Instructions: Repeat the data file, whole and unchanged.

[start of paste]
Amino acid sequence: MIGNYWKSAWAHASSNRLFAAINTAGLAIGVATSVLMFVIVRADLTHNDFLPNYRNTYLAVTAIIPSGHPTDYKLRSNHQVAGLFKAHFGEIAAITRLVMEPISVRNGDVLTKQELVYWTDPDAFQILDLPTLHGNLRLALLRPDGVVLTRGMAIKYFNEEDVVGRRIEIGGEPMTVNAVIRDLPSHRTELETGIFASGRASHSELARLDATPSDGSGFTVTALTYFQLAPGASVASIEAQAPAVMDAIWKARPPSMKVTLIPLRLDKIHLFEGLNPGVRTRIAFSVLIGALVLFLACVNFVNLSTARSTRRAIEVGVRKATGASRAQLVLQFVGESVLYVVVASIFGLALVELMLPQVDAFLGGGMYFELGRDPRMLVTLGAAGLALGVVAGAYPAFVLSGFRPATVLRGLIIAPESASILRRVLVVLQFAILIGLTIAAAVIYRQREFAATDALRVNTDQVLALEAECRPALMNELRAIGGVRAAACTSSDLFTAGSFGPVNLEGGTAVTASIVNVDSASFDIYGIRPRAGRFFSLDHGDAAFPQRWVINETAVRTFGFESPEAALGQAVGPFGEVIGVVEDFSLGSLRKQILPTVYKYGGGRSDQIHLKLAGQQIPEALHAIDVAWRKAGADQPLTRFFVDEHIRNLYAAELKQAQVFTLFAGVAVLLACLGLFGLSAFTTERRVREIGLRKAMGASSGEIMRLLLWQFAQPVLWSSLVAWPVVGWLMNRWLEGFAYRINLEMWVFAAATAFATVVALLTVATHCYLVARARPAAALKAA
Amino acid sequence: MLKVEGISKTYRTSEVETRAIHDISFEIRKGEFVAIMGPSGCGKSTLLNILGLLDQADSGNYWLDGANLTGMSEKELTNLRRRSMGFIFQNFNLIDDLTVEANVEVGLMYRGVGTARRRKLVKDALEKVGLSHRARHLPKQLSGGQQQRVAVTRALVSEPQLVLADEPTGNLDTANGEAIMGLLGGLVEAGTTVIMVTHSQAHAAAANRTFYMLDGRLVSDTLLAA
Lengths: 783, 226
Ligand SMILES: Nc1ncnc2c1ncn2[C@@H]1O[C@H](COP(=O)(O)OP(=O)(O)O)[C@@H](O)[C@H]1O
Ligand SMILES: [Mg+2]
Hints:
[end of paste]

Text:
Amino acid sequence: MIGNYWKSAWAHASSNRLFAAINTAGLAIGVATSVLMFVIVRADLTHNDFLPNYRNTYLAVTAIIPSGHPTDYKLRSNHQVAGLFKAHFGEIAAITRLVMEPISVRNGDVLTKQELVYWTDPDAFQILDLPTLHGNLRLALLRPDGVVLTRGMAIKYFNEEDVVGRRIEIGGEPMTVNAVIRDLPSHRTELETGIFASGRASHSELARLDATPSDGSGFTVTALTYFQLAPGASVASIEAQAPAVMDAIWKARPPSMKVTLIPLRLDKIHLFEGLNPGVRTRIAFSVLIGALVLFLACVNFVNLSTARSTRRAIEVGVRKATGASRAQLVLQFVGESVLYVVVASIFGLALVELMLPQVDAFLGGGMYFELGRDPRMLVTLGAAGLALGVVAGAYPAFVLSGFRPATVLRGLIIAPESASILRRVLVVLQFAILIGLTIAAAVIYRQREFAATDALRVNTDQVLALEAECRPALMNELRAIGGVRAAACTSSDLFTAGSFGPVNLEGGTAVTASIVNVDSASFDIYGIRPRAGRFFSLDHGDAAFPQRWVINETAVRTFGFESPEAALGQAVGPFGEVIGVVEDFSLGSLRKQILPTVYKYGGGRSDQIHLKLAGQQIPEALHAIDVAWRKAGADQPLTRFFVDEHIRNLYAAELKQAQVFTLFAGVAVLLACLGLFGLSAFTTERRVREIGLRKAMGASSGEIMRLLLWQFAQPVLWSSLVAWPVVGWLMNRWLEGFAYRINLEMWVFAAATAFATVVALLTVATHCYLVARARPAAALKAA
Amino acid sequence: MLKVEGISKTYRTSEVETRAIHDISFEIRKGEFVAIMGPSGCGKSTLLNILGLLDQADSGNYWLDGANLTGMSEKELTNLRRRSMGFIFQNFNLIDDLTVEANVEVGLMYRGVGTARRRKLVKDALEKVGLSHRARHLPKQLSGGQQQRVAVTRALVSEPQLVLADEPTGNLDTANGEAIMGLLGGLVEAGTTVIMVTHSQAHAAAANRTFYMLDGRLVSDTLLAA
Lengths: 783, 226
Ligand SMILES: Nc1ncnc2c1ncn2[C@@H]1O[C@H](COP(=O)(O)OP(=O)(O)O)[C@@H](O)[C@H]1O
Ligand SMILES: [Mg+2]
Hints: